Marvel is proud to announce the return of Marvelman to shelves everywhere with the release of Marvelman Classic Primer #1 in June! Who is the mysterious Marvelman? And just why is he one of the most enduring super heroes of all time? The answers arrives in this commemorative one-shot featuring interviews with creator Mick Anglo, superstar Neil Gaiman and more who contributed to this character’s history over the years! Plus, get all-new pin ups of key Marvelman characters by superstar artists Mike Perkins, Doug Braithwaite, Miguel Angel Sepulveda, Jae Lee, Khoi Pham and Ben Oliver! This landmark issue features two covers—one with the timeless art of Mick Anglo and another with the now-iconic rendition of Marvelman by Marvel Editor-In-Chief—and superstar artist—Joe Quesada!
Then, in July, thrill to the debut of Marvelman Family’s Finest #1, a new ongoing series reprinting Marvelman’s greatest adventures for the first time in the US! Plus, no comics fan can miss Marvelman Classic Vol.1 Premiere HC, reprinting Marvelman’s earliest adventures in chronological order!
Now’s your chance to learn just why Marvelman is one of the most important characters in comic book history—it all begins in Marvelman Classic Primer #1, this June!
MARVELMAN CLASSIC PRIMER #1 Written by JOHN RHETT THOMAS Cover by JOE QUESADA Variant by MICK ANGLO Rated A …$3.99
Jesse Ventura was elected governor, so why couldn’t a costumed mystery man serve in the U.S. Senate?
Paul Kirk, the late Senator Ted Kennedy’s temporary replacement, shares a name but (probably) not the predilection for vigilante crime-fighting, with Manhunter, a DC character with an interesting history.
In the comics, Paul Kirk used decides to become a crimefighter when his friend, Empire City
police inspector Donovan, was murdered by the supervillain known as the
Buzzard. He wore a superhero-like red costume with a blue mask. While
he had no superpowers, he was an above average athlete and possessed
superior tracking skills. Later, he went off to become a big-game hunter, but was killed by an elephant, then brought back to life by a secret society intent on ruling the world (insert obligatory Obama/ACORN reference here) and set up to lead an army of clones of him, but he rebelled and brought down the Council in a story chronicled by Archie Goodwin and Walt Simonson.
That doesn’t seem to describe the real-world Paul Kirk, but who knows? He could be a man of hidden talents.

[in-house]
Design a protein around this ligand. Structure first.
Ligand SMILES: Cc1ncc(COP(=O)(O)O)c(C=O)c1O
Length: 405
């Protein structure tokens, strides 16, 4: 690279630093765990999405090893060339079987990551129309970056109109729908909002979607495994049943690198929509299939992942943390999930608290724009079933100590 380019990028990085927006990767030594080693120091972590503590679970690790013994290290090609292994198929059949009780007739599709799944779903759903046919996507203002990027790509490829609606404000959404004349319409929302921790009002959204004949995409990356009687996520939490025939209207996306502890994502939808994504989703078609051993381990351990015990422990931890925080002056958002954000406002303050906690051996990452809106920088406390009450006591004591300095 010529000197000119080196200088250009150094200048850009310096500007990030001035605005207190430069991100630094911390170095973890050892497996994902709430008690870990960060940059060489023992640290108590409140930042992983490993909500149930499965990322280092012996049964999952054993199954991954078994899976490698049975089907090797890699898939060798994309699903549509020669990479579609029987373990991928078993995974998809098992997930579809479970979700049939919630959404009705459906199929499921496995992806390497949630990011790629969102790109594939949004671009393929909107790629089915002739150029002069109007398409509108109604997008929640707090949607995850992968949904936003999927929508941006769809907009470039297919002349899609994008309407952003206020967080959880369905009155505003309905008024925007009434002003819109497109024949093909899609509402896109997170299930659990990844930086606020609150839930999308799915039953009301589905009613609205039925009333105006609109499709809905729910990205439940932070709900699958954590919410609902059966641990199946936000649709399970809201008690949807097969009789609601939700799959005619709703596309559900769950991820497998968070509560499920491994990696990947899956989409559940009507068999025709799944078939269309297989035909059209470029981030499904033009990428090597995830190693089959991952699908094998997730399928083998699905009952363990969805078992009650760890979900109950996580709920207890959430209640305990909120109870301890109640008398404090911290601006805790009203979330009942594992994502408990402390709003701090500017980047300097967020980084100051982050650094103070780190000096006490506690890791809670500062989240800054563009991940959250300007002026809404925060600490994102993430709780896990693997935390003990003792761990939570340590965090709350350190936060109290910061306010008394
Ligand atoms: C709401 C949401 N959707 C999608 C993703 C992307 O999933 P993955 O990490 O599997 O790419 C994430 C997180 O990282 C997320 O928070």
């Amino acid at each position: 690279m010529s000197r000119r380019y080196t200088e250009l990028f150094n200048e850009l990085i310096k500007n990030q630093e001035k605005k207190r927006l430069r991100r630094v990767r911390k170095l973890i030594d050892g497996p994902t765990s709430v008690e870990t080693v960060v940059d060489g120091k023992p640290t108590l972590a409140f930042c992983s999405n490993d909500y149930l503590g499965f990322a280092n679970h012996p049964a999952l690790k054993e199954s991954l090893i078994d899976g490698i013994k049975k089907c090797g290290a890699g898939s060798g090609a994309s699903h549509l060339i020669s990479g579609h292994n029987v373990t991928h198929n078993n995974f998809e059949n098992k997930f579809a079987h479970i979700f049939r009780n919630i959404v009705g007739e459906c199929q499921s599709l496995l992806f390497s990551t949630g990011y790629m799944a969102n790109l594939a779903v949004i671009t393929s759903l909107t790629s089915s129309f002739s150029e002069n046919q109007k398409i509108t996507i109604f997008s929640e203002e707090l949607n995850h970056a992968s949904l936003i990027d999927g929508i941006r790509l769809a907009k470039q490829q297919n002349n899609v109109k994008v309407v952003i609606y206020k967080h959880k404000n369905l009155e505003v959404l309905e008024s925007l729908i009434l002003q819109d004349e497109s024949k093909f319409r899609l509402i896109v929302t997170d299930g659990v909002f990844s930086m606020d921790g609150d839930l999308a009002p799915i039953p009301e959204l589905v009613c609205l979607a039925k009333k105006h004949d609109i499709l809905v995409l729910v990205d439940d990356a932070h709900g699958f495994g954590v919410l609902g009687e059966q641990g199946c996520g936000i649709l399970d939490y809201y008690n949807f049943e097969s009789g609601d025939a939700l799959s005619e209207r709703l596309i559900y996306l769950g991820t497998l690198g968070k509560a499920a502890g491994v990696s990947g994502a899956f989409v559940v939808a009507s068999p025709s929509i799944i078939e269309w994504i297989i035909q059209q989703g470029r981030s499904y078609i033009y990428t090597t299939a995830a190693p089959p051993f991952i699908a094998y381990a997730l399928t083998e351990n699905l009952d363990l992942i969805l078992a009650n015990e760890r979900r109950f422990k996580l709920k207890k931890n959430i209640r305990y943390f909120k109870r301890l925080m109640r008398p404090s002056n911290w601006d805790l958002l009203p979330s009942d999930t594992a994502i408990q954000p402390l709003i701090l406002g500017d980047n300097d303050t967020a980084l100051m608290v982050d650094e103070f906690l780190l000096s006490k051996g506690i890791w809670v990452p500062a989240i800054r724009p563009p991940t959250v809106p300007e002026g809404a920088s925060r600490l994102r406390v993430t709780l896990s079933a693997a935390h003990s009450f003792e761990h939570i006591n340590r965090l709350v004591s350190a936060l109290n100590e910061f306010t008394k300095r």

Or it could be yet another one of those Paul Kirk clones running around…
Watch how we seamlessly blend three items from last week, add a bit of comics history, and… but we’re getting ahead of things.
Last week, we had Grant Morrison talking about the new Batman & Robin series he’ll be doing with Frank Quitely, discussing (among other things) a new Robin. We also saw lnks to fan images as to whatever happened to Calvin from Calvin and Hobbes now that he’s older, with one sweet image and one… not so sweet. (Incidentally, I think the girl’s name is Berkeley. No, not Breathed.)
This puts me in mind of what happened the last time we replaced Robin. I was working in the production department at DC during the time of Batman: A Death in the Family , which took Jason Todd out. And at the time, there was a tradition in production of taking that day’s Calvin and Hobbes strip, xeroxing it larger, having Bob LeRose color it, and posting it on the bulletin board.
And Steven Bové wondered what they were going to do about the new Robin. And one idea led to another, and he drew a little something. And then it got passed around the rest of the department with everybody contributing, and a minor masterpiece was born.
So here, with pencils and inks from Steven Bové, inks by Jerry Acerno, letters by John Workman, and colors by me after the late great Bob LeRose:
Not content with having a Newbury Award, the the top-debuting, wide-release, stop-motion film in movie history, and throngs of adoring fans dressed in black, now Neil Gaiman is trying for a Obie Award.
Coraline the musical goes into previews on May 7 at the Lucille Lortel Theater, off-Broadway in Greenwich Village, where it will run through June 20. The book is by David Greenspan and music and lyrics by Stephin Merritt, and directed by Leigh Silverman.
Casting will be– unconventional, to say the least. 9-year-old Coraline will be played by 55-year-old actress Jayne Houdyshell, with the Other Mother played by David Greenspan. (Cross-dressing in Greenwich Village? That never happens…)